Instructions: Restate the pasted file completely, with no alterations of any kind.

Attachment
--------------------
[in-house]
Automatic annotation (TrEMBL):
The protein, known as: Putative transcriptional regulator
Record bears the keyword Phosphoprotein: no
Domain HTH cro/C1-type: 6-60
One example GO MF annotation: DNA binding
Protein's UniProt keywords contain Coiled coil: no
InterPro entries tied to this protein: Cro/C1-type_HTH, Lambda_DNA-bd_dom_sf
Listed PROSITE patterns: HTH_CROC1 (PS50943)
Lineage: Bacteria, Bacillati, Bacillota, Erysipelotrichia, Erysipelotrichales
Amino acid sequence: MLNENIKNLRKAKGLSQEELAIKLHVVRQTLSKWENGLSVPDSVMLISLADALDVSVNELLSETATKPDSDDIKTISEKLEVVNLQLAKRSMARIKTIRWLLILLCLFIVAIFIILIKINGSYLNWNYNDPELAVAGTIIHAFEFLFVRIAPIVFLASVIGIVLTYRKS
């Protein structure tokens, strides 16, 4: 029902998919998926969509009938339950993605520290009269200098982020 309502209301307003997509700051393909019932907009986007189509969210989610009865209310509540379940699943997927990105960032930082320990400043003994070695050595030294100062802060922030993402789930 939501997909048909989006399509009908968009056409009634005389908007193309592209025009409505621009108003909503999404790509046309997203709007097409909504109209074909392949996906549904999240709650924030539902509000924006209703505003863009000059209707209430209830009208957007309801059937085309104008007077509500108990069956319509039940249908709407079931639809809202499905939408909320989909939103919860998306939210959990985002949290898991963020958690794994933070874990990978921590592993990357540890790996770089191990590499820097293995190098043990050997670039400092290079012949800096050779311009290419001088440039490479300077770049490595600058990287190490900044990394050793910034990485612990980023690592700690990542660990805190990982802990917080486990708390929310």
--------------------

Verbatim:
[in-house]
Automatic annotation (TrEMBL):
The protein, known as: Putative transcriptional regulator
Record bears the keyword Phosphoprotein: no
Domain HTH cro/C1-type: 6-60
One example GO MF annotation: DNA binding
Protein's UniProt keywords contain Coiled coil: no
InterPro entries tied to this protein: Cro/C1-type_HTH, Lambda_DNA-bd_dom_sf
Listed PROSITE patterns: HTH_CROC1 (PS50943)
Lineage: Bacteria, Bacillati, Bacillota, Erysipelotrichia, Erysipelotrichales
Amino acid sequence: MLNENIKNLRKAKGLSQEELAIKLHVVRQTLSKWENGLSVPDSVMLISLADALDVSVNELLSETATKPDSDDIKTISEKLEVVNLQLAKRSMARIKTIRWLLILLCLFIVAIFIILIKINGSYLNWNYNDPELAVAGTIIHAFEFLFVRIAPIVFLASVIGIVLTYRKS
């Protein structure tokens, strides 16, 4: 029902998919998926969509009938339950993605520290009269200098982020 309502209301307003997509700051393909019932907009986007189509969210989610009865209310509540379940699943997927990105960032930082320990400043003994070695050595030294100062802060922030993402789930 939501997909048909989006399509009908968009056409009634005389908007193309592209025009409505621009108003909503999404790509046309997203709007097409909504109209074909392949996906549904999240709650924030539902509000924006209703505003863009000059209707209430209830009208957007309801059937085309104008007077509500108990069956319509039940249908709407079931639809809202499905939408909320989909939103919860998306939210959990985002949290898991963020958690794994933070874990990978921590592993990357540890790996770089191990590499820097293995190098043990050997670039400092290079012949800096050779311009290419001088440039490479300077770049490595600058990287190490900044990394050793910034990485612990980023690592700690990542660990805190990982802990917080486990708390929310």